Return to Main Page   Dakota Birder Blog    

Lesser Frigatebird

Fregata ariel

Length: 30 inches Wingspan: 68 inches Seasonality: Non-resident in South Dakota
ID Keys: Dark plumage overall, long deeply forked tail, females have white collar and breast, males white patch on underwing, juveniles have brownish head

Lesser Frigatebird - Fregata arielThe Lesser Frigatebird is a small Frigatebird of the southern Hemisphere, where they are primarily found in the warmer waters of the Indian and Pacific Oceans.  They are only extremely rare vagrants to North America, but the sightings of the bird have been scattered and unusual.  A sighting in Michigan in 2011 was largely attributed to the effects of Hurricane Katrina pushing the bird far inland.  Another sighting was made off the coast of Maine, unusual not only for the distance from the species' usual range, but because of it's appearance over relatively cold waters.  However, the most unusual sighting of the species in North America was an emaciated bird found in the dry habitat of Bighorn County in Wyoming in 2003.  The female was still alive when found, but only lived for an hour.  At the time, it was thought to likely be a Magnificent Frigatebird, given that species' occasional sightings far inland in the United States.  However, analysis of photos of the bird after its death (and disposal) indicate the bird was a very lost Lesser Frigatebird.

Habitat: Found on a number of breeding colonies in the warmer waters of the Pacific and Indian Oceans, and a few areas off the coast of Brazil in the Atlantic Ocean.  They typically nest on tropical islands with mangroves or bushes. 

Diet: Feeds mostly on squid and fish, especially flying fish. They will also attempt to force other seabirds to disgorge their prey, catching it in mid-air.  Also sometimes feeds on chicks of other seabirds, and will follow fishing vessels for scraps.

Behavior: Very clumsy on land and incapable of taking flight from the water, Frigatebirds spend most of their time in flight.  Foraging is also done in flight, as they fly above the ocean's surface and drop down to grab prey in flight, when prey is spotted. As noted above, will also attempt to steal food from other seabirds.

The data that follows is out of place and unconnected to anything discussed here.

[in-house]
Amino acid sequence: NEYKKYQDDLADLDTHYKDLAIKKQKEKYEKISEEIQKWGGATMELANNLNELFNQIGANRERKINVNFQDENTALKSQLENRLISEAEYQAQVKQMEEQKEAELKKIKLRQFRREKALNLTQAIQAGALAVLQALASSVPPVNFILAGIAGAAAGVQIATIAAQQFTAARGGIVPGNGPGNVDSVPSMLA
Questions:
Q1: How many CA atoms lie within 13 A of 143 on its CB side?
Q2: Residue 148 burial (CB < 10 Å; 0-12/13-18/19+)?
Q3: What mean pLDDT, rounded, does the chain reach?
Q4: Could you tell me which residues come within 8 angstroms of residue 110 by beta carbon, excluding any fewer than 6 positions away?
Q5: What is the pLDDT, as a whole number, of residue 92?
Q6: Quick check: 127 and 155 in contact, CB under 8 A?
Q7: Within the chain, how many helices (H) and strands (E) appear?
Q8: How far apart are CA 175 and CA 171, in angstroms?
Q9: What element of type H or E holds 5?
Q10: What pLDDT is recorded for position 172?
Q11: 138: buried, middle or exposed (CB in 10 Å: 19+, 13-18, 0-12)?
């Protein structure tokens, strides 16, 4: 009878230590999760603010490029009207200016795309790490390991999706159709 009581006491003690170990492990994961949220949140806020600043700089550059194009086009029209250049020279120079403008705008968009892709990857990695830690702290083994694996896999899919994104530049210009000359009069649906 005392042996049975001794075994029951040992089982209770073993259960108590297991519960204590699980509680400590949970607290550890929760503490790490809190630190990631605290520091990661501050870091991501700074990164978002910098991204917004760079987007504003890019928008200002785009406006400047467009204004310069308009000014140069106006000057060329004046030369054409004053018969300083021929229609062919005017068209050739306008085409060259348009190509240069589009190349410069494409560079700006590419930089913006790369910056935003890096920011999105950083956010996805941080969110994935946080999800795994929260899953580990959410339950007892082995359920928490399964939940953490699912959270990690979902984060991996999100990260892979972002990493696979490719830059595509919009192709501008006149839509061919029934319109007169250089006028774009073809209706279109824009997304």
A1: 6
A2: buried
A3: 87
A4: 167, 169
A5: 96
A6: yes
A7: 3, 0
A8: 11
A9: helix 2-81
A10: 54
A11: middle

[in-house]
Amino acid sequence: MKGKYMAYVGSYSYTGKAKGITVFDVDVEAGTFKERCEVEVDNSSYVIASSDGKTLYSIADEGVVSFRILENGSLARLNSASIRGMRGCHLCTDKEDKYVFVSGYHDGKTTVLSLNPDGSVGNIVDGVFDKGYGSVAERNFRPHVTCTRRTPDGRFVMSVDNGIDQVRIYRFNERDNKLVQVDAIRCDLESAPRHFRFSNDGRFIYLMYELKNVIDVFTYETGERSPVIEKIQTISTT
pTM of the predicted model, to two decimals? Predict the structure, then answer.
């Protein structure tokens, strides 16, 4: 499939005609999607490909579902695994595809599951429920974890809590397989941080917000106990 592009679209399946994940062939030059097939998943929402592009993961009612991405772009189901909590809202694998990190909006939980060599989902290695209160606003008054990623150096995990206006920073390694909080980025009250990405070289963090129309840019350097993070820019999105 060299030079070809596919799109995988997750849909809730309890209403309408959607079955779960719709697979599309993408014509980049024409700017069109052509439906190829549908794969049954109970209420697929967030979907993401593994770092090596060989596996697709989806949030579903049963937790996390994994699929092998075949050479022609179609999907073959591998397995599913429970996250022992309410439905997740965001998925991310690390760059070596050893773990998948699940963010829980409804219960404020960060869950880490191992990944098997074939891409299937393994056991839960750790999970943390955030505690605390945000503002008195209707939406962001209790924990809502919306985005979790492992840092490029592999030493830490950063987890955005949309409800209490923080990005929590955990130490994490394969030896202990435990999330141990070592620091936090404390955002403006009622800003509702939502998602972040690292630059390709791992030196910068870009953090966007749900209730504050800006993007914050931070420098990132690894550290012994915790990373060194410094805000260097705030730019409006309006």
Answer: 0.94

Nesting:  The Lesser Frigatebirds nests in small trees or shrubs, building a platform nest of sticks and branches.  A single egg is laid, and both parents held to incubate it.  Both parents tend to the young after hatching, a period that can last many months.

Song: The males have a variety of calls and a bill rattling during their courtship displays, where the red air sac is inflated as with other Frigatebird species.

Migration: Mature adults typically stay near breeding colonies even outside of the breeding season.  However, juvenile birds and some non-breeding adults disperse widely across the tropical oceans.

Interactive eBird Map: Click here to access an interactive eBird map of Lesser Frigatebird sightings

Similar Species: Magnificent Frigatebird, Great Frigatebird

Conservation Status: The range of the Lesser Frigatebird remains very large, and despite indications of declining populations, they are still common in many areas. The IUCN lists the Lesser Frigatebird as a species of "Least Concern".

Further Information: 1) New Zealand Birds Online - Lesser Frigatebird

2) BirdLife International - Lesser Frigatebird

3) Cook Islands Biodiversity and Natural Heritage - Lesser Frigatebird

Photo Information: Photo taken by Andy Li - Photo licensed under Creative Commons Attribution NoDerivs 2.0 Generic License


Click below for a higher-resolution map
Lesser Frigatebird - Range Map
South Dakota Status: Non-resident in South Dakota

Additional Lesser Frigatebird (coming soon!!)